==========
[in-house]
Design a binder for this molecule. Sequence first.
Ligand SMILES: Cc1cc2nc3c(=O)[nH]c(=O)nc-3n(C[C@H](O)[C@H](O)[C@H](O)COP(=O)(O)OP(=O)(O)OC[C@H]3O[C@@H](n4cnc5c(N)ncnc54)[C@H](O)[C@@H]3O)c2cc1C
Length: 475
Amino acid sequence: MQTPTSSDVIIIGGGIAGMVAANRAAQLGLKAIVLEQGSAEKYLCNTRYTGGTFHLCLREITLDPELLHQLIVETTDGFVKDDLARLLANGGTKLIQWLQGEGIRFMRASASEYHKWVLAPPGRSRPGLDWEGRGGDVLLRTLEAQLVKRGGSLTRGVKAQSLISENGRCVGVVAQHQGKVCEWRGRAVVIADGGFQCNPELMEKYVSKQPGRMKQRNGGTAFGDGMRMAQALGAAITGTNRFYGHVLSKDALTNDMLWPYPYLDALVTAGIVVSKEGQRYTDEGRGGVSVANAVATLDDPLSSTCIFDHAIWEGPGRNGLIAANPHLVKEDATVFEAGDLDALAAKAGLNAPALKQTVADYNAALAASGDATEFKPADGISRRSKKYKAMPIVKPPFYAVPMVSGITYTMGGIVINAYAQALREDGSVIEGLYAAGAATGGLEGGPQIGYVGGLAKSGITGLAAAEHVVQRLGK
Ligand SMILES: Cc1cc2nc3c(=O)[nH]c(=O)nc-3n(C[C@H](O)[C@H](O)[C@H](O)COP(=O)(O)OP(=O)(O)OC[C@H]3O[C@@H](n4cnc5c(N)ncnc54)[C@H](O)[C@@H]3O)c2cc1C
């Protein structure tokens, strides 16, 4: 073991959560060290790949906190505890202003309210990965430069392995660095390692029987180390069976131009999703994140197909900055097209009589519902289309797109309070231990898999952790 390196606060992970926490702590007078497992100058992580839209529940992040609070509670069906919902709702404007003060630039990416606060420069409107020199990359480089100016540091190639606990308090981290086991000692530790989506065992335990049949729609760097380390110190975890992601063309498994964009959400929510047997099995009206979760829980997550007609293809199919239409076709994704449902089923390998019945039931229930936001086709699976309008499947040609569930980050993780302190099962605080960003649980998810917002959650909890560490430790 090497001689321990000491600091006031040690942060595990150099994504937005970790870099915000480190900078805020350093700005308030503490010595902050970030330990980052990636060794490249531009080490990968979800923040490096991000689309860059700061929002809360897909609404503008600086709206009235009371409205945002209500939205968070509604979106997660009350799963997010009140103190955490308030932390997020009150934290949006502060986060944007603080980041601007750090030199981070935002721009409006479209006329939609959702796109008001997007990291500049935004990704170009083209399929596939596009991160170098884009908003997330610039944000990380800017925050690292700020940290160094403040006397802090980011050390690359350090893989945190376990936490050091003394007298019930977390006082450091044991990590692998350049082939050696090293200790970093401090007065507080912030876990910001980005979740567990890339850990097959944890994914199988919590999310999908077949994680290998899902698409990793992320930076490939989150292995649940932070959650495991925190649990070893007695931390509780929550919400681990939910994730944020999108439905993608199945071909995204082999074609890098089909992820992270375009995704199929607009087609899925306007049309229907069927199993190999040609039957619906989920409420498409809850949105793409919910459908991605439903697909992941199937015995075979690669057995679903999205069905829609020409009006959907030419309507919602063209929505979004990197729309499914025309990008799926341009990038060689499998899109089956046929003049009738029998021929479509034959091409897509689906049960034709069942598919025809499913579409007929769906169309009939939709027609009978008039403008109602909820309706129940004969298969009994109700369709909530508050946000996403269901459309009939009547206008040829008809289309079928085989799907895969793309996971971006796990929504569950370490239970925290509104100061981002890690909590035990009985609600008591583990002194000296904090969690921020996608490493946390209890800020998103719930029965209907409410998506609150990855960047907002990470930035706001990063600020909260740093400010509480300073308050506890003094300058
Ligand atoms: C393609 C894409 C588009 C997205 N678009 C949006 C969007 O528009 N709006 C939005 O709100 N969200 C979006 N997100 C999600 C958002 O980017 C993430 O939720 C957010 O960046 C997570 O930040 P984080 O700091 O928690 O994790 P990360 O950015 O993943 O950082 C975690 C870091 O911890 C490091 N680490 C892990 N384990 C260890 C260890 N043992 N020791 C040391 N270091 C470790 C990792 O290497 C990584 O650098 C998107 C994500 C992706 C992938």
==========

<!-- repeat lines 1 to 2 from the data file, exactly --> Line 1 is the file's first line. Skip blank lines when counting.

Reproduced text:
[in-house]
Design a binder for this molecule. Sequence first.